PhD research project : INTERACTIONS AND DISEASES AT THE DOMESTIC ANIMAL AND WILDLIFE INTERFACE IN THE BETAMPONA NATURAL RESERVE, MADAGASCAR.
Humans and their introduced domestic animals may affect the abundance and distribution of endemic species even within natural habitats and protected areas. The reason for this correlation may be any, or a combination, of interspecific competition, predation and diseases. In fact, diseases may be a factor of apparent competition and are increasingly recognized as threats to endangered populations of wildlife. They may even lead small and isolated populations to extinction. With this project, we aim to evaluate the impact of domestic and peridomestic animals on endemic wildlife and more specifically, the potential for disease transmission between introduced and endemic animal species at the human and wildlife interface around the Betampona Natural Reserve, Madagascar. We will describe and analyze the spatio-temporal interactions between species to characterize the probabilities of co-occurrence and detection of domestic and endemic wildlife in the protected area. We will also estimate the prevalence and identify risk factors of exposure to selected pathogens in introduced domestic and peridomestic animal species in villages as well as endemic mammals within the Betampona Natural Reserve, one of the last protected remnant of lowland rainforest in Madagascar. Finally, using microbial genetics and tracking methods we aim to uncover the ecology of a pathogen and identify individuals or species that may act as superspreaders in the ecosystem of Betampona.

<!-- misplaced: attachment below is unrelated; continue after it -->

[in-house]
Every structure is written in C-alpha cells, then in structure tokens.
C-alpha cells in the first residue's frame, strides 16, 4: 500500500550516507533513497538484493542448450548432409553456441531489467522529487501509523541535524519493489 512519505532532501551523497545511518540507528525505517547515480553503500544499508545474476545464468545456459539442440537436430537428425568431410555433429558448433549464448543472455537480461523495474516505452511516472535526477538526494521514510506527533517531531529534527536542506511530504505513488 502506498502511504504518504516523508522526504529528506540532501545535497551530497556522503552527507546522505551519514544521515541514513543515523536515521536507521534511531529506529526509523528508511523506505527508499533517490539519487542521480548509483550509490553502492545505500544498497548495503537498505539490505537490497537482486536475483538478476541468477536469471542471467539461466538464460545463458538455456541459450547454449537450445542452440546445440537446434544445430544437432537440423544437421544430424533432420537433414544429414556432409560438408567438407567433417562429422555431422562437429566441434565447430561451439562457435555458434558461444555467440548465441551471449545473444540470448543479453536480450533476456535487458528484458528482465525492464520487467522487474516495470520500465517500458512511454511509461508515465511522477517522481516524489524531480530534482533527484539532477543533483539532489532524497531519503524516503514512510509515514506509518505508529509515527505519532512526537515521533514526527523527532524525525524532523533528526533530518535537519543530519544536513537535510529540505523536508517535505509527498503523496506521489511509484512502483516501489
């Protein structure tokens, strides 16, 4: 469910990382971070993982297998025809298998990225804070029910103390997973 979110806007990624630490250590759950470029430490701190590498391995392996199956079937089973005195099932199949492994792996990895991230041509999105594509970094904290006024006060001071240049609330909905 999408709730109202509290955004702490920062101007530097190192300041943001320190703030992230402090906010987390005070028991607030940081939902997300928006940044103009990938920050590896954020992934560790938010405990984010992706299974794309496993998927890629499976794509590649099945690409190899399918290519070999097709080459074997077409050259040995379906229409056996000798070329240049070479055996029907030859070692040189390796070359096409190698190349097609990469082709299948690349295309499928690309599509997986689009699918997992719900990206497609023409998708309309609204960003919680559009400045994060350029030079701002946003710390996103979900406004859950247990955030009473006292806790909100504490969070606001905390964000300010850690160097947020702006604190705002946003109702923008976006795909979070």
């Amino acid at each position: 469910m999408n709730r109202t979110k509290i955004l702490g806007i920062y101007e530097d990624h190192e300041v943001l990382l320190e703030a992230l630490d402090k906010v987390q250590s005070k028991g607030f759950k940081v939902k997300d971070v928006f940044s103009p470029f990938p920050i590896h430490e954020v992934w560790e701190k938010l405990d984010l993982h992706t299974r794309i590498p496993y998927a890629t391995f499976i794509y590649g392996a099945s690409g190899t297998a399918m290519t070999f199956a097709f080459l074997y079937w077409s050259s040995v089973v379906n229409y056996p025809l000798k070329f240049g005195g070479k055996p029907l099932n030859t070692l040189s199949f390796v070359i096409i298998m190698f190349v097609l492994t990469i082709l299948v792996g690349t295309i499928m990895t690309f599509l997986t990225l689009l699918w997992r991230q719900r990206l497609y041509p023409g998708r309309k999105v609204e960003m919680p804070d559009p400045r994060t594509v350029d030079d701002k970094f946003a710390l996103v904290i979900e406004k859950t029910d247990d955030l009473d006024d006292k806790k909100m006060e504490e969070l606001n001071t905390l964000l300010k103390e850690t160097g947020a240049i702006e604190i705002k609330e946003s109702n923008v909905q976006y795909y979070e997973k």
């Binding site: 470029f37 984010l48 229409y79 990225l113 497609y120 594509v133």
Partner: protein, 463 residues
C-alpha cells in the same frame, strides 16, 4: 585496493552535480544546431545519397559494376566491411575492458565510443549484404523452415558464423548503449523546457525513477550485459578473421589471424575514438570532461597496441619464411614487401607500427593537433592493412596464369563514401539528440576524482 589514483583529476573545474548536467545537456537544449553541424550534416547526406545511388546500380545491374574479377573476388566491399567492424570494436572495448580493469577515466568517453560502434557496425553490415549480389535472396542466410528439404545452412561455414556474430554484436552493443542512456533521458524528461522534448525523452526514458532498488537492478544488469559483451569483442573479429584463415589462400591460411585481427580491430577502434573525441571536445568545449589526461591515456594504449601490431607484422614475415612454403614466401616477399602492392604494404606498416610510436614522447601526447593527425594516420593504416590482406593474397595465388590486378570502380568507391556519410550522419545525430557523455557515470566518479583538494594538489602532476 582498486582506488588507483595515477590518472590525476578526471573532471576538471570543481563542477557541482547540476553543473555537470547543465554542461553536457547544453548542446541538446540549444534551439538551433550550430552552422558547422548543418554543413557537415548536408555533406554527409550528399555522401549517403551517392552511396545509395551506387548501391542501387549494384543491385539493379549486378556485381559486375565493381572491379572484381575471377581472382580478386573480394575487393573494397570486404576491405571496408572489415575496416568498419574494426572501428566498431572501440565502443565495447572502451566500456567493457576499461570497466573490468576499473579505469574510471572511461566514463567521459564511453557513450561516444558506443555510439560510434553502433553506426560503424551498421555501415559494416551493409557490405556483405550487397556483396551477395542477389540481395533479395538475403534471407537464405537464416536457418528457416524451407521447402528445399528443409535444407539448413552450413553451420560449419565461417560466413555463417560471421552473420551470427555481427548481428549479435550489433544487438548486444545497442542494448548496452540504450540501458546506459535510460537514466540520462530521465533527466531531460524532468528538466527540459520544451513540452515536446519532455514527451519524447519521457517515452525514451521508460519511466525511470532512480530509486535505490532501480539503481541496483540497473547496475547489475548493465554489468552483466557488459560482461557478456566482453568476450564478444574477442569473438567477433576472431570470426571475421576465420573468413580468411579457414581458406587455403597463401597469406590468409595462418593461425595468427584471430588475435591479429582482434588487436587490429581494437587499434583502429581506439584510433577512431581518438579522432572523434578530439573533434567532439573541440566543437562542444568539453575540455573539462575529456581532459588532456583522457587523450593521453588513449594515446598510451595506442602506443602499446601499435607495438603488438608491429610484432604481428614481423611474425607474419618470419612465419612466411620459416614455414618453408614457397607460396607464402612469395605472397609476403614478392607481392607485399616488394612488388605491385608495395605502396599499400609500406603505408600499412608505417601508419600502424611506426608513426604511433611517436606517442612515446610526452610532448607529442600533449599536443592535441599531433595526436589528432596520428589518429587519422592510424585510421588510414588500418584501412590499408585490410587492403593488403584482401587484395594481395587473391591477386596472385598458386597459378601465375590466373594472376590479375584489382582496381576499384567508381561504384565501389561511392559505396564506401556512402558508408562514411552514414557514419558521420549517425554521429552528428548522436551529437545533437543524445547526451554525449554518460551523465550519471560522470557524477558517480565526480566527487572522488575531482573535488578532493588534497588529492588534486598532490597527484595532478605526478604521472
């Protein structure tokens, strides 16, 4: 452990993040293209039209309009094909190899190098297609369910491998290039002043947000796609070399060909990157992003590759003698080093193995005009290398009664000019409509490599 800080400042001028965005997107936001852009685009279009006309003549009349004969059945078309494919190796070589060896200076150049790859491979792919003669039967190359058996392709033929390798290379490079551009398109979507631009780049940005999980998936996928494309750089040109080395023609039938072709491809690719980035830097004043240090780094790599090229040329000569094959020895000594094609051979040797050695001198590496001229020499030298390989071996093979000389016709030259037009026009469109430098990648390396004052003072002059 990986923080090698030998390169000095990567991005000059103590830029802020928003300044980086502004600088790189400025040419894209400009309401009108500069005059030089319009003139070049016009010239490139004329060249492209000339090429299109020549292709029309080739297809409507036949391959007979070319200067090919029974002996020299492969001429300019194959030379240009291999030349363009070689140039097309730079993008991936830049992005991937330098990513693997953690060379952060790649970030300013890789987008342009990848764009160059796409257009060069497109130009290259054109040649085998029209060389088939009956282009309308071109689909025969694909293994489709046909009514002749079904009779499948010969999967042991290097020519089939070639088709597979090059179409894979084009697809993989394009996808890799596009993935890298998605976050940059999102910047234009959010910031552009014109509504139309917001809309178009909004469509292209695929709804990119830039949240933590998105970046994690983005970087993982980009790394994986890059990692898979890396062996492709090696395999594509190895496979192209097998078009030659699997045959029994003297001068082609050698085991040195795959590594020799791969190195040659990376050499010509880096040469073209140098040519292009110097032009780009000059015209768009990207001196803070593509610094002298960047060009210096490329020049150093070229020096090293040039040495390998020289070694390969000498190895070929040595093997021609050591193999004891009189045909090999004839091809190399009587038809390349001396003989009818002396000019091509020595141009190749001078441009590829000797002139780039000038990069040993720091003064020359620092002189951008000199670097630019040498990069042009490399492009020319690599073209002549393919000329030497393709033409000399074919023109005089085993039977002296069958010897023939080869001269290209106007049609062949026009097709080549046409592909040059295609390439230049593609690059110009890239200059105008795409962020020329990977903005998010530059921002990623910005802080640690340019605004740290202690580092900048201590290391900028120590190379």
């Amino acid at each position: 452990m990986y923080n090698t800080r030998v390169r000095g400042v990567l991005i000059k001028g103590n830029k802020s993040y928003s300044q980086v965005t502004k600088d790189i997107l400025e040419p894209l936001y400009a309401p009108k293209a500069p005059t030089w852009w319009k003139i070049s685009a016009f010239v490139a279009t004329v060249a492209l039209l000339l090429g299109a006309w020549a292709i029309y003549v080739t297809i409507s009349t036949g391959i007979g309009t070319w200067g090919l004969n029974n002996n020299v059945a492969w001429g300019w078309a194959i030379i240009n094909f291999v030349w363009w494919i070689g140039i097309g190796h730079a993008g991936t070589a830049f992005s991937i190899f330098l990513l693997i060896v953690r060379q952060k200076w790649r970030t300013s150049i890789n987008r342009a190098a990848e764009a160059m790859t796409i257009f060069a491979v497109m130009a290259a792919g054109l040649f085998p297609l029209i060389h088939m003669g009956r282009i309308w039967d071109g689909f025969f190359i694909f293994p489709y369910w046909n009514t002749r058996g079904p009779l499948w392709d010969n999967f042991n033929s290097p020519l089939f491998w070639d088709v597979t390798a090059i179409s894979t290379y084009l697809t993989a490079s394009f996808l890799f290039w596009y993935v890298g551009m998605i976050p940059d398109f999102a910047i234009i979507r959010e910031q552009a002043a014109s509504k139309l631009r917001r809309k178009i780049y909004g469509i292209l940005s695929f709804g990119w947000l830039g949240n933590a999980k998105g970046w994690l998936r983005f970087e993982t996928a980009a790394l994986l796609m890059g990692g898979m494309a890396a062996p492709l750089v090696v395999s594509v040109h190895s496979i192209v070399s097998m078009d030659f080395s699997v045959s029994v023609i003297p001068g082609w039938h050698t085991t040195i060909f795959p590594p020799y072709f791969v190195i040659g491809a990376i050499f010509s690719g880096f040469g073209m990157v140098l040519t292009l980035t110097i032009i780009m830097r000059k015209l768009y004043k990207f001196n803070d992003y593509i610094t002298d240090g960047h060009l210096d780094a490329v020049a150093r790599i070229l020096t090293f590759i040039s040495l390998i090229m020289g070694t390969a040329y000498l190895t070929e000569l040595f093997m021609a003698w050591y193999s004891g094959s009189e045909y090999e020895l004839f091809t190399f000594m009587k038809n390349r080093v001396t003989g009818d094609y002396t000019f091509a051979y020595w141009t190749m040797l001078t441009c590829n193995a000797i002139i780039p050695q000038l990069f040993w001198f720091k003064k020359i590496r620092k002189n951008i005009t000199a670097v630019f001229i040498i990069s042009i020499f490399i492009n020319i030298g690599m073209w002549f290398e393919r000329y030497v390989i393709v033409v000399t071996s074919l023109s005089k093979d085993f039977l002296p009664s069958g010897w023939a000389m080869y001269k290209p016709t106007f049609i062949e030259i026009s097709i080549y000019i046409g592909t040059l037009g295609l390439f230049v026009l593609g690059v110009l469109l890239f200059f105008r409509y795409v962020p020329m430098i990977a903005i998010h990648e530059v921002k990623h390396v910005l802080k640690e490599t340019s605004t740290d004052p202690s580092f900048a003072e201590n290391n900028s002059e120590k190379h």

Collaborators: Dr Patricia Parker (University of Missouri-Saint Louis), Ingrid Porton (Madagascar Fauna & Flora Group) & Zach Farris (Virginia Tech).
Funding support: This work is partly funded by the Saint Louis Zoo, the Madagascar Fauna and Flora Group and the Whitney Harris World Ecology Center at the University of Missouri-Saint Louis.
Master’s thesis project : GIARDIA AND CRYPTOSPORIDIUM, TWO POTENTIALLY ZOONOTIC PARASITES IN HUMANS, DOMESTIC ANIMALS AND WILDLIFE FROM THE RANOMAFANA NATIONAL PARK ECOSYSTEM, MADAGASCAR.
Increasing human activities in the vicinity of natural habitats may facilitate the emergence and transmission of diseases between humans and domestic animals and wildlife species. We conducted a cross-sectional study investigating the prevalence of Giardia and Cryptosporidium, two ubiquitous and potentially zoonotic protozoan parasites in various populations of humans and animals from the Ranomafana National Park ecosystem (RNP), Madagascar. Giardia and Cryptosporidium were detected in fecal samples using direct immunofluorescence after oocyst/cyst concentration by flotation. We found Giardia and Cryptosporidium in 25% and 20 % of samples respectively. Species, age-category and coinfection by either Giardia or Cryptosporidium were associated with the infection by the parasites of interest. Pigs were more likely to excrete Giardia and, cattle and rodents were more likely to excrete Cryptosporidium. For both pathogens, and regardless of host species, young age was associated with increased risk of infection as was a Giardia/Cryptosporidium coinfection. Giardia and Cryptosporidium are highly prevalent in various species inhabiting villages adjacent to the Ranomafana National Park. These parasites may constitute a threat to endemic wildlife species.